America and New Hampshire are confronting the pandemic. Citizens, businesses, and governments are doing all they can to slow the spread of the coronavirus. Some useless measures instituted in less turbulent times need to be recognized for what they are.
One of these useless measures is plastic bag bans. They have been proliferating in recent years. The virtue signal crowd, with the aid of environmentalist activists, is principally responsible. New Hampshire Gov. Chris Sununu issued an order Saturday. In it, he is telling all grocery and retail stores to move away from reusable bags. The request is to transition to disposable plastic and paper bags.
“Our grocery store workers are on the front lines of #COVID19… working around the clock to keep NH families fed,” Sununu, a Republican, said on Twitter. “With identified community transmission… it is important that shoppers keep their reusable bags at home… given the potential risk to baggers, grocers, and customers.”
The road to hell is paved with good intentions
This comes just over two months after passage of the plastic bag ban legislation in the state. The New Hampshire House of Representatives is the proud author of this virtue signal. The legislation remains in committee in the state Senate. May it rest in peace.
To be fair New Hampshire is not alone. But that changes nothing with respect to how bad a decision this is. This changes nothing with respect to the fact that the NH House wants to place your life at risk.
New York State has put its recently passed ban on plastic bags on hold. States and cities around the country have been suspending their plastic bag bans too. There is a growing call for places that still have the bans to bring them to an end during the outbreak.
The science on reusable totes and virus transmission
These pieces of legislation are marginal or more probably detrimental in their environmental impact. They are also a public health hazard. Reusable plastic tote bags are a good carrier for bacteria. They are good carriers for viruses, the coronavirus included. John Tierney wrote for City Journal, numerous studies provide evidence reusable bags are unsanitary.
Tierney cites a 2018 Journal of Environmental Health study. In it researchers plant a surrogate virus on the bags of three shoppers. The shoppers went into grocery stores. The shoppers bought their groceries and go through check out. The researchers found the virus on the hands of the shoppers and checkout clerks. They also found the virus on many surfaces touched by the shoppers. They found the virus on packaged food, unpackaged produce and shopping carts. The researchers also found the virus on checkout counters, and the checkout touch screens at the pay point.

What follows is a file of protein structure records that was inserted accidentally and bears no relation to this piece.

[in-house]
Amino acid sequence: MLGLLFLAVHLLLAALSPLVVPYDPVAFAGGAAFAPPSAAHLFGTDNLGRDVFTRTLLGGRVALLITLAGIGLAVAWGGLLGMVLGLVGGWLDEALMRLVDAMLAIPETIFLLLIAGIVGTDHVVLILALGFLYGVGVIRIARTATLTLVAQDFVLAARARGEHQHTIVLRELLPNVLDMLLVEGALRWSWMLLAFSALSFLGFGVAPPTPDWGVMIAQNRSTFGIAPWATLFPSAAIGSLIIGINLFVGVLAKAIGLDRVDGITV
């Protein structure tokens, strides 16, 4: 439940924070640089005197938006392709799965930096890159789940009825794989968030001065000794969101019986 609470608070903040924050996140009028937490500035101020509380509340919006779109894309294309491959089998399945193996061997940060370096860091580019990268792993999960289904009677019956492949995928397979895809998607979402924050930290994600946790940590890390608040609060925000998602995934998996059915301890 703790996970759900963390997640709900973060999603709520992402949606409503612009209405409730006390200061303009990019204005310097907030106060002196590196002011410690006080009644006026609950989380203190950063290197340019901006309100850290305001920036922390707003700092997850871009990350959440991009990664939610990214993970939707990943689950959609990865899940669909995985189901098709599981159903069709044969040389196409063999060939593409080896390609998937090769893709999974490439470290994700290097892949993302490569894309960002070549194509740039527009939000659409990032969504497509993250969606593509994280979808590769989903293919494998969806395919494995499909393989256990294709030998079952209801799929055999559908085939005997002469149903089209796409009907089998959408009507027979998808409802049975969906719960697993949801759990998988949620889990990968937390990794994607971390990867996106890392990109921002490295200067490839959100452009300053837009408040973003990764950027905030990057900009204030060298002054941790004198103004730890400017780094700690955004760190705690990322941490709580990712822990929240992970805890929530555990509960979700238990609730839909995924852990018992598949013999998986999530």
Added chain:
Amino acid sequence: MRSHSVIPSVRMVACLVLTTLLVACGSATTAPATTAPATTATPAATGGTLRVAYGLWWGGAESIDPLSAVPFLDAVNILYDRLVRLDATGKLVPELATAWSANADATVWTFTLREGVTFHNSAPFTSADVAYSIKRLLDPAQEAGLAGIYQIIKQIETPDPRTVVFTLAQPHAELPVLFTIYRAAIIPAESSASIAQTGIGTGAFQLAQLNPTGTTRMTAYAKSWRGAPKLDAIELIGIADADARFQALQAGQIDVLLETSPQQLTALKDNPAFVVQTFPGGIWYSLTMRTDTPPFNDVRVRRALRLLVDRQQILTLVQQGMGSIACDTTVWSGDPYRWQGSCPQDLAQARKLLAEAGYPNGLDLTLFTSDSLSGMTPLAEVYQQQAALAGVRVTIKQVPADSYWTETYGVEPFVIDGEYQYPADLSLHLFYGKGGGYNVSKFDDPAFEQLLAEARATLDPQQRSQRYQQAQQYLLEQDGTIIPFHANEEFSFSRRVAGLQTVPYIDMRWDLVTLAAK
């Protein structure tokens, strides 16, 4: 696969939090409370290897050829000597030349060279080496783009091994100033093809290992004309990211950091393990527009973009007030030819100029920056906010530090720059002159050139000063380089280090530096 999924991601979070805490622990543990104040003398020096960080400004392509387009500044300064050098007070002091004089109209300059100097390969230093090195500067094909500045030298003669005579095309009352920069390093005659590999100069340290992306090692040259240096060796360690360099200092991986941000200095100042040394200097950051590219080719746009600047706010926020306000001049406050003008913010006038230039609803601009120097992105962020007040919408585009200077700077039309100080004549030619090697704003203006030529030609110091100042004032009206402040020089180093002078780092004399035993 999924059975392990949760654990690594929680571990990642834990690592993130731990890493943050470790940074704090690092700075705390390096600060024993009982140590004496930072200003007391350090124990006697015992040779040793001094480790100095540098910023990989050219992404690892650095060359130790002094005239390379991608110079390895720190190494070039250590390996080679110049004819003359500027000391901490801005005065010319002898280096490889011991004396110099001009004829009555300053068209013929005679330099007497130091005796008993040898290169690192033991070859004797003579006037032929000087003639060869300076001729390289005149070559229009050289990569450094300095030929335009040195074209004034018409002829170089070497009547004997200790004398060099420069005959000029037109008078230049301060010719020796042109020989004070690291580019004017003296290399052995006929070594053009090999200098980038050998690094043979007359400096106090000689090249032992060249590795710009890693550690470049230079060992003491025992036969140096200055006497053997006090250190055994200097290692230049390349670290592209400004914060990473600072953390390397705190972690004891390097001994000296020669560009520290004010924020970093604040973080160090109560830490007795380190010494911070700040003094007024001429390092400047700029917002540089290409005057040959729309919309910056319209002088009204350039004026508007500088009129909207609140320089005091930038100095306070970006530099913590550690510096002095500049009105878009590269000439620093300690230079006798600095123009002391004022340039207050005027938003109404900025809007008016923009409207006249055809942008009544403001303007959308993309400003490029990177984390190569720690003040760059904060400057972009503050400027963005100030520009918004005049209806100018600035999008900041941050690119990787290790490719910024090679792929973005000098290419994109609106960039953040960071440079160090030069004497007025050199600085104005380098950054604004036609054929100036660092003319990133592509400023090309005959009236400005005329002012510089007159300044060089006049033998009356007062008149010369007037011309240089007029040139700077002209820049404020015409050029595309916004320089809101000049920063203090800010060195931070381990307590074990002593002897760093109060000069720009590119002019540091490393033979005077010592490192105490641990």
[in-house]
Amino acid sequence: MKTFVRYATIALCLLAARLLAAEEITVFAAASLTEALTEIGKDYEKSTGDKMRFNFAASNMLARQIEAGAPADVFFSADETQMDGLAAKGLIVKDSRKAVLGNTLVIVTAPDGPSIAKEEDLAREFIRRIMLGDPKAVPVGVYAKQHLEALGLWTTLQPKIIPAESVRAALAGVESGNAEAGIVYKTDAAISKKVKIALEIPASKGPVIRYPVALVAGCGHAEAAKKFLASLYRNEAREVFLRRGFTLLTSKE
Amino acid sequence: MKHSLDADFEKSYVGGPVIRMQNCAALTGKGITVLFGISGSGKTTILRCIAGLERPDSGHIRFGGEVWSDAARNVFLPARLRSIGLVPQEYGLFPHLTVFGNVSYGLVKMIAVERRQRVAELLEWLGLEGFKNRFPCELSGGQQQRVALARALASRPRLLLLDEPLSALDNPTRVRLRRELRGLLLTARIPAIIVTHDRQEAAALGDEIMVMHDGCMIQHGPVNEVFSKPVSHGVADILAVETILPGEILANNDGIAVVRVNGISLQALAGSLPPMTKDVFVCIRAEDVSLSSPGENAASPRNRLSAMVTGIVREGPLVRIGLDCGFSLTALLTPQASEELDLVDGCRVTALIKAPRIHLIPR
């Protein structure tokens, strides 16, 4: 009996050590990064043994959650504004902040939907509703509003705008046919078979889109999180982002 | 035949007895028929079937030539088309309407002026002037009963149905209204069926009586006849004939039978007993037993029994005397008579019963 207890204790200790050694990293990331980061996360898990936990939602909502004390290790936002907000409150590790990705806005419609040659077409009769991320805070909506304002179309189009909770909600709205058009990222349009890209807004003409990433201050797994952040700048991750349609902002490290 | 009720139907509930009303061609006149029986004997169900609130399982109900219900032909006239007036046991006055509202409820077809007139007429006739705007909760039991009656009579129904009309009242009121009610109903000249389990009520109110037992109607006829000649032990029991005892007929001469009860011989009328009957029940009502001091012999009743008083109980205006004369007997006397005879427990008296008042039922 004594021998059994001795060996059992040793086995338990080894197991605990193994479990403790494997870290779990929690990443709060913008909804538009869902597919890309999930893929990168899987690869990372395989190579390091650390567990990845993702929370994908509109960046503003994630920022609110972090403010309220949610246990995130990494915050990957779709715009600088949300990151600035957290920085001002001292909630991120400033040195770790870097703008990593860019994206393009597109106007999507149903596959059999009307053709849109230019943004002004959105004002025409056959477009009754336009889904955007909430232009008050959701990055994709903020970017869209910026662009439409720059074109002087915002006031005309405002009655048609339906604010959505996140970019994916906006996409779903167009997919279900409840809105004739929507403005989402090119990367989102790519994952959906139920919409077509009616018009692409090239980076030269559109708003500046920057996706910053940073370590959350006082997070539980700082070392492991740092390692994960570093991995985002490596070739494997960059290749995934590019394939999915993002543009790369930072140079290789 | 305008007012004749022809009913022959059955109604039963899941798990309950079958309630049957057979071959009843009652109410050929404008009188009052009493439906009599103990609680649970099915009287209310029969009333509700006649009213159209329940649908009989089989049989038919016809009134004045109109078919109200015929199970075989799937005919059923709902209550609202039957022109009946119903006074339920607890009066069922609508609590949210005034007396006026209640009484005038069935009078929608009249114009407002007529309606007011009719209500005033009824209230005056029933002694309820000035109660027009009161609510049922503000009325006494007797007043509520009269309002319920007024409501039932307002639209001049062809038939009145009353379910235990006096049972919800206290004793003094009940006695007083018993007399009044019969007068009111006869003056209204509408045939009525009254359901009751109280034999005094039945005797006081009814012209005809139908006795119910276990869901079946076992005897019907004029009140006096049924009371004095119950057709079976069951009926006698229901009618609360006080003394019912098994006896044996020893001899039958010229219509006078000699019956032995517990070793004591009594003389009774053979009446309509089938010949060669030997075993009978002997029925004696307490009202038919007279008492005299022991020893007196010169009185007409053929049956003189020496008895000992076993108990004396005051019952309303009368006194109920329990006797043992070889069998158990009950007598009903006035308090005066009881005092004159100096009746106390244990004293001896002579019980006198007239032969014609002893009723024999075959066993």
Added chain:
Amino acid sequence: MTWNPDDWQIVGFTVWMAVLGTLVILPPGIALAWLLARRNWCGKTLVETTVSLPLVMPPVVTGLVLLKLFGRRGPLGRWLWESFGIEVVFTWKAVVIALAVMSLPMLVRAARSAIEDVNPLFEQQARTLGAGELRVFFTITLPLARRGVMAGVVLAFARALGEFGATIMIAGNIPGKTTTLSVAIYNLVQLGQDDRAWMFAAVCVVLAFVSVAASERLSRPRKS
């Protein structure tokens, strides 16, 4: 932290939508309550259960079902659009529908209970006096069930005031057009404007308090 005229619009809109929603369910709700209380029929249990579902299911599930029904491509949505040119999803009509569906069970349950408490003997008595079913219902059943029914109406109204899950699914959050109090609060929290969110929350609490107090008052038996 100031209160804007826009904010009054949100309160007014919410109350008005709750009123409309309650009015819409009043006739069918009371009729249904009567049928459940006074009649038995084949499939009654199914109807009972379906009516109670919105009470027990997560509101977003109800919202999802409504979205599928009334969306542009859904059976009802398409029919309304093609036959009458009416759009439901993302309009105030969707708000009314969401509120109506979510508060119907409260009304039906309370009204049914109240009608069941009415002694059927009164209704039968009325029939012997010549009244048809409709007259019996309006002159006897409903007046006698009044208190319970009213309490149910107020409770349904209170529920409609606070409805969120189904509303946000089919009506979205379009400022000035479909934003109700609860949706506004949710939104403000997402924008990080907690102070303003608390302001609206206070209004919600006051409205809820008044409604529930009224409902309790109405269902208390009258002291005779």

This is a scary prospect. Countless Americans have their only contact with the general public at grocery stores. Making efforts to curb the spread of COVID-19 doing the exercise with the live virus on the bags. Real people will really get sick and some will die. This will happen because the leftists in the legislature have to do virtue signaling?
Climate science and plastic buildup
There are climate activists who just don’t care. They aren’t dissuaded, even at this time. According to The Wall Street Journal Larissa Copello de Souza said: “We cannot forget and disregard the other big current challenges we are also currently facing… Promoting the use of reusables is certainly one of the greatest practices we can have to address those issues…” By this, she means climate change and plastic buildup.
The problems with this mentality: 1.) misplaced priorities, 2.) plastic bag bans are ineffectual. That is true even if the primary concern is the environment. A study in Australia by University of Sydney economist Rebecca Taylor demonstrates the point. Bans on plastic shopping bags do not significantly cut down on waste. More people buy thick garbage bags to line their trash cans after the bans are put in place.
Bottom line: The current crisis has revealed the misguided nature of plastic bag bans. Cities and states must move to prevent these bans from exacerbating the coronavirus pandemic. Americans will have to take many actions and adjust their lives to stop the coronavirus. Plastic bag ban virtue signaling is less important than health. Climate claims and plastic load do not rival coronavirus deaths as action motivators.